A Washington Fish and Wildlife Commission subcommittee will meet privately Thursday in Port Angeles with no agenda and, according to the commissioner who called the meeting, no particular purpose.
Commission Chairman Larry Carpenter said he doesn't know what he and the three other commissioners on the "executive committee" will talk about.
"We're just going to have a generic chat," he said. "We don't have an agenda."
The nine-member commission is subject to Washington's open public meetings law. The state Attorney General's Office supports Carpenter in closing the executive committee meeting, according to an email from Assistant Attorney General for Open Government Nancy Krier.
The committee makes up less than a majority of the commission and hasn't been authorized to take any action, according to Krier.
Allied Daily Newspapers of Washington lobbyist Rowland Thompson said the committee's name suggests it's influential.
"Why is there an executive committee? It has a name that implies far-reaching powers," Thompson said.
Carpenter said he can't remember the executive committee meeting in his seven years on the commission.
He said he didn't know what topics fall under the executive committee's purview.
"I couldn't tell you right now. I could tell you after the meeting," he said. "I guess the executive committee could address executive-related matters."
The commission has several other four-member subcommittees, such as the fish committee, the wolf committee and wildlife committee. The meetings of those committees are open to the public and have agendas.
That won't be the case with the executive committee. "We've never met before. I want to have an initial meeting, just the four of us," Carpenter said. "We may talk about department activities, we may talk about Port Angeles."
Commissioners Barbara Baker, Bob Kehoe and Brad Smith also are on the subcommittee. Baker is the commission's vice chairwoman.
The 90-minute closed session is scheduled to be followed by an open meeting of the fish committee. Agenda topics include hatchery reform. "I could close that meeting if I wanted to," Carpenter said.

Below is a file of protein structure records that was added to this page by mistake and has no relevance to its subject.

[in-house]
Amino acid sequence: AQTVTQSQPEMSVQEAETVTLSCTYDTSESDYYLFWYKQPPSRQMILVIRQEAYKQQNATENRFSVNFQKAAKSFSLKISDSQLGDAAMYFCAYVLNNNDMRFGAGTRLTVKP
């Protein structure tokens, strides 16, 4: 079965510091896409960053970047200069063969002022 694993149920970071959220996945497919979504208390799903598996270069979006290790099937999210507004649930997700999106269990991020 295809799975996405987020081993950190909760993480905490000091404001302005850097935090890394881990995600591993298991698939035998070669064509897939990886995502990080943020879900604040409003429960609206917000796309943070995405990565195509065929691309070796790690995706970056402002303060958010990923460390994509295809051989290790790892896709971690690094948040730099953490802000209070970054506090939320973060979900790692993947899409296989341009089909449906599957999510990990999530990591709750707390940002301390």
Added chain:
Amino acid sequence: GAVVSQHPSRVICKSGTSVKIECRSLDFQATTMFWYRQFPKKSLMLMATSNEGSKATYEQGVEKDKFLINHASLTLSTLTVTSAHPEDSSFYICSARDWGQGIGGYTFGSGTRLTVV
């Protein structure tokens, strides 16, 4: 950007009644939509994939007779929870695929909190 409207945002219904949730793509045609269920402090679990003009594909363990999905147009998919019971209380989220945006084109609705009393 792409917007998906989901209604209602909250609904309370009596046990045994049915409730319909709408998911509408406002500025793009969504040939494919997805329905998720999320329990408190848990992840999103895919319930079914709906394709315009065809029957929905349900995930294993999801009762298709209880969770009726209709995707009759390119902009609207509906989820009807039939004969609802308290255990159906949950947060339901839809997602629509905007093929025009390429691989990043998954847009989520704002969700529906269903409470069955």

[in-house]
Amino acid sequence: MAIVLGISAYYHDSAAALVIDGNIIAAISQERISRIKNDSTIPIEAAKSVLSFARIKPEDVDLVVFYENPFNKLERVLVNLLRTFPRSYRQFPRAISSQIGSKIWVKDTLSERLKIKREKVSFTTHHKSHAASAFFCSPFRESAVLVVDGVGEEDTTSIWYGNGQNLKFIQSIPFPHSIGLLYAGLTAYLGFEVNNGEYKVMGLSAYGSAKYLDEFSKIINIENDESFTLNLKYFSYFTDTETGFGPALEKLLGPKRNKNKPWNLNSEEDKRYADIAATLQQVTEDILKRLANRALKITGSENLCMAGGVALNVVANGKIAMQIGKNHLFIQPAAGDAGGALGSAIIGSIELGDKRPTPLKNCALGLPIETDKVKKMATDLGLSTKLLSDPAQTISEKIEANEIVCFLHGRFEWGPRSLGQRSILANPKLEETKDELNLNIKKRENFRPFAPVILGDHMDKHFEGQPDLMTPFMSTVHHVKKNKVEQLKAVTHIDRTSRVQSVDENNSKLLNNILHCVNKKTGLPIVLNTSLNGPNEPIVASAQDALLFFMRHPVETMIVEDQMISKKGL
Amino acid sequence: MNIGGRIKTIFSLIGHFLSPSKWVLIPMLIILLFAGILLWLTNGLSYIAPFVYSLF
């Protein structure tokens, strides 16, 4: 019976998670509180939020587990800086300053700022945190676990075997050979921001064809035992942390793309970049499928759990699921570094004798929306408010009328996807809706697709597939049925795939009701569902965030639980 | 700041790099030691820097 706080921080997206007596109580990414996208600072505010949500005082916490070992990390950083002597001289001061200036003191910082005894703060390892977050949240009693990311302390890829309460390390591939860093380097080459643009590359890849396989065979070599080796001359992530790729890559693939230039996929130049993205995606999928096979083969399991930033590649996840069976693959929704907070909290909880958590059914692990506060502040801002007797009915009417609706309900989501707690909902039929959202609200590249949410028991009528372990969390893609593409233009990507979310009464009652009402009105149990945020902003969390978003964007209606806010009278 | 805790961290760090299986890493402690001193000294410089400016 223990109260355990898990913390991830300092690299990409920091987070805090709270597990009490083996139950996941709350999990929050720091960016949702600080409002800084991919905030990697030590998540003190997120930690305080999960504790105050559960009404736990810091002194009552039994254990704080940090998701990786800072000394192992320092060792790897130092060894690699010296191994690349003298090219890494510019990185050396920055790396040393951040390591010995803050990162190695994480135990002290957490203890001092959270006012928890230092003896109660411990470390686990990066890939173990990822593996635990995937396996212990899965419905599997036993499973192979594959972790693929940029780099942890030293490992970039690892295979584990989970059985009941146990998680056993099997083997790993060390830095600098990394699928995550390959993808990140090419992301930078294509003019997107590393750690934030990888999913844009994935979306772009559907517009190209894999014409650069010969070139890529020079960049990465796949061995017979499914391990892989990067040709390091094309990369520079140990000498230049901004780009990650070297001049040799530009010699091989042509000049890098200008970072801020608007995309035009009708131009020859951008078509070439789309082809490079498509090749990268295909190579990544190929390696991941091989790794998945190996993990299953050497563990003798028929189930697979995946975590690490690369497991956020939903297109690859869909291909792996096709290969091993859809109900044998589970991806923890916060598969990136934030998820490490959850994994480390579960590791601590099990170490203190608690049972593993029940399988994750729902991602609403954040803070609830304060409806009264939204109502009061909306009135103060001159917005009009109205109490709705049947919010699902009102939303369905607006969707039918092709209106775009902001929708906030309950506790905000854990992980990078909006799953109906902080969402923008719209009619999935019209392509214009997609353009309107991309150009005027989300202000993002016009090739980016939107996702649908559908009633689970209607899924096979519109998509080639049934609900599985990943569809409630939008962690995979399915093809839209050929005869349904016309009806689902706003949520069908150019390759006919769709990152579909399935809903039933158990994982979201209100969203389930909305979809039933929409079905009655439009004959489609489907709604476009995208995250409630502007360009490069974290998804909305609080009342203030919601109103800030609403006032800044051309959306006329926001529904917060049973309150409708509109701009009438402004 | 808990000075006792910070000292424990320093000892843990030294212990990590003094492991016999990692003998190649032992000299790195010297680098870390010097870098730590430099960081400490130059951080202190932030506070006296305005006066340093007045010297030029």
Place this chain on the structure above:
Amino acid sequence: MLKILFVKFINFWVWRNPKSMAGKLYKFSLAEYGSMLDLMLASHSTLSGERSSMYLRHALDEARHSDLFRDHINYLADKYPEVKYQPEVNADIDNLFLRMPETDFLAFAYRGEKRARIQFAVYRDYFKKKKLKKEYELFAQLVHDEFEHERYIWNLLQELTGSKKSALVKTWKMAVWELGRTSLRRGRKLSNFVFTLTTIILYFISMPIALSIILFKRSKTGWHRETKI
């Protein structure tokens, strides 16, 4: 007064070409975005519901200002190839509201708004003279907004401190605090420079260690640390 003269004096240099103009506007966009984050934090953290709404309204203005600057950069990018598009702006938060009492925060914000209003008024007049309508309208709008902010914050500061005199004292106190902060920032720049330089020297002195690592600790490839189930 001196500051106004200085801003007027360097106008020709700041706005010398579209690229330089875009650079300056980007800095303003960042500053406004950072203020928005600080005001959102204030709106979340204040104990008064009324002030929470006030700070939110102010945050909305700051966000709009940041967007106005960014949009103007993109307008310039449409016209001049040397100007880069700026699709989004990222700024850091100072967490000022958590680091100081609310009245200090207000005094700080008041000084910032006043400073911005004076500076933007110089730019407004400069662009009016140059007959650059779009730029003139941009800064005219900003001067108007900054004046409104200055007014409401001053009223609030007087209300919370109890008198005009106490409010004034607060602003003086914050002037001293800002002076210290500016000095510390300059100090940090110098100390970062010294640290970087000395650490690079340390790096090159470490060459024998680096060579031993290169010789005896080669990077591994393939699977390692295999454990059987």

On Friday, the wildlife and wolf committees are scheduled to meet in public. Agenda topics include the status of the greater sage grouse and how the department responds to wolves attacking livestock.
Krier pointed to a 2015 Washington Supreme Court decision as the most recent ruling that held the open meeting law applies only to quorums.
In that ruling, the court found a group of San Juan County officials who developed land-use policies in private didn't break the law because only three of six county council members were involved. The court also found the group was not a committee created by the council.
Thompson said the executive committee was obviously created by the commission.
"The very name 'executive committee' suggests it's going to take some action," he said. "It doesn't exist in a vacuum.
"I don't know of any board or commission that meets that way as a state agency," Thompson said.
Fish and Wildlife Director Kelly Susewind defended the closed meeting and said commissioners are dedicated to open government.
"They are still strongly committed to maximum transparency," he said. "I think it (the closed meeting) is absolutely an exception to the norm."
Susewind said he suspects the executive committee will talk about making the best use of the full commission's closed meeting later that day.
The commission has scheduled an hourlong executive session. It has not yet announced the purpose of the meeting.
"An hour is not a long time for an executive session," Susewind said.
Carpenter, a retired business owner, said executive committees are common in the private sector. The department's status as a public-sector body "doesn't matter," he said. "We still have the same right."
Fish and Wildlife has the equivalent of 1,540 full-time employees and a two-year budget of $516 million, according to the recently passed state budget.
Carpenter said he doubts anyone will care about missing what's said in the closed executive committee meeting.
"I couldn't image there would be any public interest in it," he said.
Commissioners receive $100 per workday and are reimbursed for meals, mileage and lodging. The executive committee is scheduled to go into its closed session 2 p.m. June 13 at the Red Lion Hotel, 221 N. Lincoln St., Port Angeles.